National Park Service awards $ 3 million for restoration of coral, vegetation and shoreline

The South Atlantic and Gulf Region National Park Service (NPS) announced the award of seven cooperative agreements totaling $ 3.28 million to address the impacts of Hurricanes Irma and Maria on coral reefs, the mangroves and shores of four parks in the US Virgin Islands. These parks are Virgin Islands National Park, Virgin Islands Coral Reef National Monument, Buck Island Reef National Monument, and Salt River National Historic Park and Ecological Reserve.

“These imperative restoration efforts help the National Park Service conserve endangered natural resources and the resiliency of the coastline in St. Croix and St. John,” said Charles Borders, regional manager of the storm recovery program, National Park Service. . “We are grateful for the collaboration with our partners as we work to improve our understanding of coastal science and climate change adaptation strategies. “

A team of experts made up of federal and non-governmental entities developed a restoration plan to restore coral reefs, treat coral diseases, rebuild mangrove forests and stabilize shorelines in four USVI parks. The following organizations will receive funding from the NPS to make this work possible:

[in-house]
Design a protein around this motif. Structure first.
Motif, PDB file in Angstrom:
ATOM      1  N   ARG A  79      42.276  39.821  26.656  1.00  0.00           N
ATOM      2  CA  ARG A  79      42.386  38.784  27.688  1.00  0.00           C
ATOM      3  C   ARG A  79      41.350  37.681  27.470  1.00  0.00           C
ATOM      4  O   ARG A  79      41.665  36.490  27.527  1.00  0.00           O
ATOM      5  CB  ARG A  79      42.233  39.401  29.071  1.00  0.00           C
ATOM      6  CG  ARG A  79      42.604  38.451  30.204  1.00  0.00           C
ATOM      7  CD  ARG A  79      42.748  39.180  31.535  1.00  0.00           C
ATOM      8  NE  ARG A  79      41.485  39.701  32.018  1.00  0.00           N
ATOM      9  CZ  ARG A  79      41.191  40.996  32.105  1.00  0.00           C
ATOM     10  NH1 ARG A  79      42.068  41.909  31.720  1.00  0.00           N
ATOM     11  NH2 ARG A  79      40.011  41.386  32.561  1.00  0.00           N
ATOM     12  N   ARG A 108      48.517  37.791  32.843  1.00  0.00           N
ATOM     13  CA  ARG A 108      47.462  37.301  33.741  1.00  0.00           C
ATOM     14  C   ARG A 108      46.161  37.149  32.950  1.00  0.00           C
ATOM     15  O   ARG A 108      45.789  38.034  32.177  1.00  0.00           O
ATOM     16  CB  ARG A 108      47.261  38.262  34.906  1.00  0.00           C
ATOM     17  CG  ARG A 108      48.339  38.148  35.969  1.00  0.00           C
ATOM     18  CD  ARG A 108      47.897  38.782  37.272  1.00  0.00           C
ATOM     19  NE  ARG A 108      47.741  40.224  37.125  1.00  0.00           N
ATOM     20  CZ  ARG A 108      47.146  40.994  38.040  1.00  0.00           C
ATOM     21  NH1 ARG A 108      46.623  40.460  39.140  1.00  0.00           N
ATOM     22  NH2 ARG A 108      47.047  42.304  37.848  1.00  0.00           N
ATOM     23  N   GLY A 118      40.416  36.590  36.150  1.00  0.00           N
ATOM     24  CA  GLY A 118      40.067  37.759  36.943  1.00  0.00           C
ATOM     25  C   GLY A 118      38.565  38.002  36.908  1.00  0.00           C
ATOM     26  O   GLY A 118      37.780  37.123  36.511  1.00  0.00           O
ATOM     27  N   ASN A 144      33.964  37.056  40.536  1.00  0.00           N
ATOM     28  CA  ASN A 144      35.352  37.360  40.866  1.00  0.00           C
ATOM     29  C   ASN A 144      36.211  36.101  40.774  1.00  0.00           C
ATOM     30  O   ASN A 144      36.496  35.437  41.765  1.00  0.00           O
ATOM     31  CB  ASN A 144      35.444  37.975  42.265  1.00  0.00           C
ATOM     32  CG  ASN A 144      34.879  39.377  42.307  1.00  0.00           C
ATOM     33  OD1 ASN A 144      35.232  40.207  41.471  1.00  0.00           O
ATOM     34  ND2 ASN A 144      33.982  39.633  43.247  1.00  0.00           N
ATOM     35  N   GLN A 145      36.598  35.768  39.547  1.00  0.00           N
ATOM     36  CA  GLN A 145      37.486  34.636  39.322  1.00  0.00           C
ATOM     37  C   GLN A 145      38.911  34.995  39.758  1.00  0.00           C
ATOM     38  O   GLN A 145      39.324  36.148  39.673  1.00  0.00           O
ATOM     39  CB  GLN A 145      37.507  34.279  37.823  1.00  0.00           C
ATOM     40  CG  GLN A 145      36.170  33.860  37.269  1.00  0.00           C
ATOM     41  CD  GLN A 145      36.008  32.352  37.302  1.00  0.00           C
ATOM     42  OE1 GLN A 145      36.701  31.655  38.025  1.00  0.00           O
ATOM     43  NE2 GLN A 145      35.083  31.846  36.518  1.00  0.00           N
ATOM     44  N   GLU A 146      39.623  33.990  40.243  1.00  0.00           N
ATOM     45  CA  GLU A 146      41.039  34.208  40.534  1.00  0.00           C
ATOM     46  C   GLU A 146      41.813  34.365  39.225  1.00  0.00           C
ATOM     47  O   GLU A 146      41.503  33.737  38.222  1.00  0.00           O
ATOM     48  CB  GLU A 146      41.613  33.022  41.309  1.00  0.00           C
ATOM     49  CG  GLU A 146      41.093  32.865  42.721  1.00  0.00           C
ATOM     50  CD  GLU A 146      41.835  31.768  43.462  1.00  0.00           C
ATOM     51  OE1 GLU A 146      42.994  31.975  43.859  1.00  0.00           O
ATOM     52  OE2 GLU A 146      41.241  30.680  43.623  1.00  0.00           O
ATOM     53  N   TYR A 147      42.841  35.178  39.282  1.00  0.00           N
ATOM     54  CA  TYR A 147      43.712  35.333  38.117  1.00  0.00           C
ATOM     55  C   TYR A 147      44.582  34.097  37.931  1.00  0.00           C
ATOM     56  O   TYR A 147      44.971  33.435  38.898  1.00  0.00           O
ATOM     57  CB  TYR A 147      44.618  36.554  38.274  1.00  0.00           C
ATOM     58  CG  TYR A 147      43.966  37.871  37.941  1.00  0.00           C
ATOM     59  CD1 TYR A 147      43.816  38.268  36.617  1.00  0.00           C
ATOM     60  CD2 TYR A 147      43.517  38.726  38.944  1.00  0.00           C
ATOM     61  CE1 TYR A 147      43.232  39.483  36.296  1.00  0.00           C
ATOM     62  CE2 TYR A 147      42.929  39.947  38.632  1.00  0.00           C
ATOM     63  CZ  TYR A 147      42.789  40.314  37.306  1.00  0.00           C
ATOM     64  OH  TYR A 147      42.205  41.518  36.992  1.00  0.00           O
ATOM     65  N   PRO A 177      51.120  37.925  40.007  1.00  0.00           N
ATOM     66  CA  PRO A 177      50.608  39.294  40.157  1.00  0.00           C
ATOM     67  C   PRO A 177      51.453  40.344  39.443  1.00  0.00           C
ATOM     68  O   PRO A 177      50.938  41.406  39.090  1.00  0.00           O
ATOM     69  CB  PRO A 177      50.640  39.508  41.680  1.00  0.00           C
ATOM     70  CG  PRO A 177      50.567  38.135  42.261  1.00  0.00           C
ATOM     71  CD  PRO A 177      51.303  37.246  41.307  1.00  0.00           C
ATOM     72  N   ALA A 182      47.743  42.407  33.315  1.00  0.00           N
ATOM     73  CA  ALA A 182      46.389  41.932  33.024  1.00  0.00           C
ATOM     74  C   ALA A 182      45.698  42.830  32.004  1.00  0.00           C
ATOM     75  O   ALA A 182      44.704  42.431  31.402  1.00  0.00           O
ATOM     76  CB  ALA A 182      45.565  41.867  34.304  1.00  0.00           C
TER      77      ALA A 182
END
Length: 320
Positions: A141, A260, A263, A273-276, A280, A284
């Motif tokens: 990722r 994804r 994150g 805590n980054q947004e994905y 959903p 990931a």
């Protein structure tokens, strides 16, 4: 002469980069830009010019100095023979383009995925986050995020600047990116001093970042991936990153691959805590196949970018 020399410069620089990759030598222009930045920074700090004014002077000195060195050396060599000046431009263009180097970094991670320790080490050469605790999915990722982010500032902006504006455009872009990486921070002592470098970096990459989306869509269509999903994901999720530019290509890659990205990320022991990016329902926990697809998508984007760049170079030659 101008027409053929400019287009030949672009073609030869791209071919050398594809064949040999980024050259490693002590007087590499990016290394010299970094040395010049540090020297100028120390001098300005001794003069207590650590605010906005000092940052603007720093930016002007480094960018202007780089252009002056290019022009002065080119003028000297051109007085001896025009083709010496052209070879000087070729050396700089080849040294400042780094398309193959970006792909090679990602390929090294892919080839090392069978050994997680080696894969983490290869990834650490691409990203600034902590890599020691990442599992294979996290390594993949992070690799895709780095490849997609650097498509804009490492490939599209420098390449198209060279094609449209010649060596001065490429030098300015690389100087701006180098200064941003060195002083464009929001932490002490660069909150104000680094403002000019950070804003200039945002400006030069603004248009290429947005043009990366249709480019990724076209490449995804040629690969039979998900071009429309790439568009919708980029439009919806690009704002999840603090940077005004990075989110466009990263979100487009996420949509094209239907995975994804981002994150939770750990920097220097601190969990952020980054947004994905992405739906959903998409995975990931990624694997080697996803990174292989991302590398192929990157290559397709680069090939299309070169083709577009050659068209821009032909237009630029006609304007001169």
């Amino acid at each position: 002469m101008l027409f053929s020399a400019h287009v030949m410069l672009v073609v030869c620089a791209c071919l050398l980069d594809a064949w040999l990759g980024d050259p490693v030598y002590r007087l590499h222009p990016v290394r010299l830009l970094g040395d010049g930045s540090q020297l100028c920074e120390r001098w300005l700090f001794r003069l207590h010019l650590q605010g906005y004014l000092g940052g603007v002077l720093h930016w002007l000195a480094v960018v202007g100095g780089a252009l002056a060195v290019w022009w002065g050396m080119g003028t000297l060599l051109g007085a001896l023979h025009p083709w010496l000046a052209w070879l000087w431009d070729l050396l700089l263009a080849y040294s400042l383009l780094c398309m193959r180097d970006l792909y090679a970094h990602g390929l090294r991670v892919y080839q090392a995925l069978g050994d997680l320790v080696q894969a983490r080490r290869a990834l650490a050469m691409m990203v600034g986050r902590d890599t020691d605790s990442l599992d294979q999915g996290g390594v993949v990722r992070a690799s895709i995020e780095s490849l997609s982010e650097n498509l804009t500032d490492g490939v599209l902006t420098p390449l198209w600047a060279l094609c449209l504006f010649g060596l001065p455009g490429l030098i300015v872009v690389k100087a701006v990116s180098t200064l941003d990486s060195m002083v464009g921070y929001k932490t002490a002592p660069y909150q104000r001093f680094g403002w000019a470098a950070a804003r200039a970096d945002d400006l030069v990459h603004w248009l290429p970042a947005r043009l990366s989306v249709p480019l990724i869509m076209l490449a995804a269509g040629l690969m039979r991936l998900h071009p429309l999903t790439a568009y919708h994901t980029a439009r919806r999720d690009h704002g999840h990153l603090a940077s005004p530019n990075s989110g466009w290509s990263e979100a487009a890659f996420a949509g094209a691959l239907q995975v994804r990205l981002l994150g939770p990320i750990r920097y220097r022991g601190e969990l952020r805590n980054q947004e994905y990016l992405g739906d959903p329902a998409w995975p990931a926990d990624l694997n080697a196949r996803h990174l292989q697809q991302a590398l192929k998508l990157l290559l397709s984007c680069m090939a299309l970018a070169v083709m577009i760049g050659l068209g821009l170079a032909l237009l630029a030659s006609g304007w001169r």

Oceanic Caribbean Restoration and Education Foundation

Coral World and Ocean Reefs Initiative

Iowa State University

Nature conservation

Miami University

University of the Virgin Islands

Beneficiaries will construct and expand existing in-water and on-land nurseries to raise a variety of coral species and cultivate mangroves, buttonwood and sea grapes for planting at selected park restoration sites. They will also treat corals infected with the disease of stony coral tissue loss in the four waters of the park. Data collected on coral treatment and response efforts, disease distribution, rate of spread and affected corals are shared publicly at www.vicoraldisease.org.

Coral reefs and mangroves provide essential shoreline protection from storm surges, habitats for plants and animals, and value to the local economy based on tourism in the USVI. The reefs also provide recreational and educational services to thousands of annual visitors. Indeed, they are very valuable for the local economy based on tourism in the US Virgin Islands. According to the 2020 National Park Service Visitor Spending Effects report, visitor spending and economic contributions to local VI economies amounted to more than $ 96 million in 2020.

Future works will be awarded to implement the next steps in the restoration process, such as site preparation as well as planting of vegetation and corals. These agreements, and more than 100 other projects and agreements administered by NPS in the Caribbean and the Southeastern United States, are supported by $ 207 million in additional funds allocated by Public Law 115-123 for park units. nation significantly affected by Hurricanes Harvey, Irma and Maria.

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